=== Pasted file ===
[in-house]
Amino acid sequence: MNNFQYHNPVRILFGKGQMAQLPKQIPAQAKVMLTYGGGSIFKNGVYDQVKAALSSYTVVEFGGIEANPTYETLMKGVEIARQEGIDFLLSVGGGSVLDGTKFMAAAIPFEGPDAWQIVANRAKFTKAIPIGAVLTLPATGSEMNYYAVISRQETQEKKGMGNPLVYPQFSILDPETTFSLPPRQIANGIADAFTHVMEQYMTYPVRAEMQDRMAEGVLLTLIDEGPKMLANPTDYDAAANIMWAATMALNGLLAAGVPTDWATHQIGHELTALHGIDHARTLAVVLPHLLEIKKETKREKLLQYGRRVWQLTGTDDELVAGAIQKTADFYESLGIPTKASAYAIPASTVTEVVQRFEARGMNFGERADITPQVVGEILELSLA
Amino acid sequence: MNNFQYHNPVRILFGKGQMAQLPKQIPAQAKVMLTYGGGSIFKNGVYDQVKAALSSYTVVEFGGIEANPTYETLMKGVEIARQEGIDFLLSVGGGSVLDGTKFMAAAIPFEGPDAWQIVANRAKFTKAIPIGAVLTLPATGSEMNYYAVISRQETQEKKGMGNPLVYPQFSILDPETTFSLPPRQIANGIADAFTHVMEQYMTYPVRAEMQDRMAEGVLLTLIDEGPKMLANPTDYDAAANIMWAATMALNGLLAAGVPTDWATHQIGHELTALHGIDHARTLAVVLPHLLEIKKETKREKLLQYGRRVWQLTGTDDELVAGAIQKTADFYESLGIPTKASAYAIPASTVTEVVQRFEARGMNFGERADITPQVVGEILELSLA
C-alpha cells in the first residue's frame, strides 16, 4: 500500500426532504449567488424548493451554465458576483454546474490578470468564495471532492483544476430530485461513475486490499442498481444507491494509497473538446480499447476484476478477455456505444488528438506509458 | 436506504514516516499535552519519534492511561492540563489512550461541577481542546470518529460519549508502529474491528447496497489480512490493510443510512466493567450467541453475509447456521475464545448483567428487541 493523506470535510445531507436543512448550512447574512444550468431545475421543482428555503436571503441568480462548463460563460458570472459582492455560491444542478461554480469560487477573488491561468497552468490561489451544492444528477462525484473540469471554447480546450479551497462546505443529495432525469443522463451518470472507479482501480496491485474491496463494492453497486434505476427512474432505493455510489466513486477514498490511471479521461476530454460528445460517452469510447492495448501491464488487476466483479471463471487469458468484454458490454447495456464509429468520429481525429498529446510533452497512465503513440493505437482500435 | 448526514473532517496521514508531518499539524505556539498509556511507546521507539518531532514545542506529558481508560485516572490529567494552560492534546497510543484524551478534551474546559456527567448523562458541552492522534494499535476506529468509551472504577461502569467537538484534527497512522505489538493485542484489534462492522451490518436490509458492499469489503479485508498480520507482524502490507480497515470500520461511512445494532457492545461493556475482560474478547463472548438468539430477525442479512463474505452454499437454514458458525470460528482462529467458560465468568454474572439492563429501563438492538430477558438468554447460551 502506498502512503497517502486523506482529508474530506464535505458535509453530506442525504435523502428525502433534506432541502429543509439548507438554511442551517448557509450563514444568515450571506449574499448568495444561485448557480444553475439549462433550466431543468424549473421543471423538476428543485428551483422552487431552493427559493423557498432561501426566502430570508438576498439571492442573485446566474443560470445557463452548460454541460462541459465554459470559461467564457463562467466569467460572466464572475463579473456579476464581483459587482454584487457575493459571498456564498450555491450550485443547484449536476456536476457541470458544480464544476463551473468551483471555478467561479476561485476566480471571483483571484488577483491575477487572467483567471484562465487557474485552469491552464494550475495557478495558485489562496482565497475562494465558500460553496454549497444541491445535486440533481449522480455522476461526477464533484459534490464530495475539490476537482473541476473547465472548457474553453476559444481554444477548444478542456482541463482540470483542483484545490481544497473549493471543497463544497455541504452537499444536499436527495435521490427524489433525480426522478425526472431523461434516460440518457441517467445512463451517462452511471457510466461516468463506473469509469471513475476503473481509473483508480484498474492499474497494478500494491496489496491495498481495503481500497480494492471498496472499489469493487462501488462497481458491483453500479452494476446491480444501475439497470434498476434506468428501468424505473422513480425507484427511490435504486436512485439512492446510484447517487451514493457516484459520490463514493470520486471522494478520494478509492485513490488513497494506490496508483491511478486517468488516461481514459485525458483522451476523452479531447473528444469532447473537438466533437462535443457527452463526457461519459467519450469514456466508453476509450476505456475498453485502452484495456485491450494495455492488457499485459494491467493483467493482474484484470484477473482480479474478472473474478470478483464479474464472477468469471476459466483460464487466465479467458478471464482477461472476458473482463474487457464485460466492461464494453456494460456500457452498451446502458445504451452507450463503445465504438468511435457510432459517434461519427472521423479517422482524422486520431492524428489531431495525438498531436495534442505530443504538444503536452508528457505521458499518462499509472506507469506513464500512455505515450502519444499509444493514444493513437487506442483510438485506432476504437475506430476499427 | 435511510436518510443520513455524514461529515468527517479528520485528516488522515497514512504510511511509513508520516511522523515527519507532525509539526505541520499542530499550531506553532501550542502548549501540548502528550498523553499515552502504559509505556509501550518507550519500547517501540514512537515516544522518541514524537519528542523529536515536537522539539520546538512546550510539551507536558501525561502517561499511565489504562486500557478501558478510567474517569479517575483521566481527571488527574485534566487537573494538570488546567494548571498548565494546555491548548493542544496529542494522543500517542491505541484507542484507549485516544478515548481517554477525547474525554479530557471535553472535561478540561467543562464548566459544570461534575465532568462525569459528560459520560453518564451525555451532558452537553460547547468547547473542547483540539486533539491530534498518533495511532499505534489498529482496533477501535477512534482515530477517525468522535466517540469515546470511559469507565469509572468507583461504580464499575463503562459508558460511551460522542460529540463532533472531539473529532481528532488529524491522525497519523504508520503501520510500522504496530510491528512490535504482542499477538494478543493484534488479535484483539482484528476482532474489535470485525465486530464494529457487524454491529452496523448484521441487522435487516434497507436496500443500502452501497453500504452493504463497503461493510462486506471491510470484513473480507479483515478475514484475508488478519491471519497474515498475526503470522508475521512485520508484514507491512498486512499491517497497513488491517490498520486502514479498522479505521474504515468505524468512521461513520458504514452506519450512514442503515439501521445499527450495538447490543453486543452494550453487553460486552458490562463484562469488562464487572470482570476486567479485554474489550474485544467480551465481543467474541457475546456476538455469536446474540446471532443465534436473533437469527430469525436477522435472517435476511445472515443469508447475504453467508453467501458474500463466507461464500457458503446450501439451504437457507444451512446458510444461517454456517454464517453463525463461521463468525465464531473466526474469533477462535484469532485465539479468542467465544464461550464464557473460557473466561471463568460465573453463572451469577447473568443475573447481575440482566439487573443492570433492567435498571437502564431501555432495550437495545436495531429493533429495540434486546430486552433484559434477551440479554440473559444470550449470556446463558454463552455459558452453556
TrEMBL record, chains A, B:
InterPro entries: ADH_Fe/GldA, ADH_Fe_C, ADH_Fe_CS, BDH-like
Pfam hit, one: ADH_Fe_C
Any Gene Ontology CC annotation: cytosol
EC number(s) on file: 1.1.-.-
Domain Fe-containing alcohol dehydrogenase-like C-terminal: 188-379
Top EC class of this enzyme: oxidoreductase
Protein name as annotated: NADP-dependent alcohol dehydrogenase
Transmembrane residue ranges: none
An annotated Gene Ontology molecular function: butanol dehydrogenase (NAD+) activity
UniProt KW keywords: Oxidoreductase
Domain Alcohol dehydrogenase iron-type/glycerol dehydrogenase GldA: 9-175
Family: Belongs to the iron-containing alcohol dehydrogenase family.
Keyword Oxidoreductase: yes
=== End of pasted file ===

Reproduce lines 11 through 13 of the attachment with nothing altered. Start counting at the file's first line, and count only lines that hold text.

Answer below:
Top EC class of this enzyme: oxidoreductase
Protein name as annotated: NADP-dependent alcohol dehydrogenase
Transmembrane residue ranges: none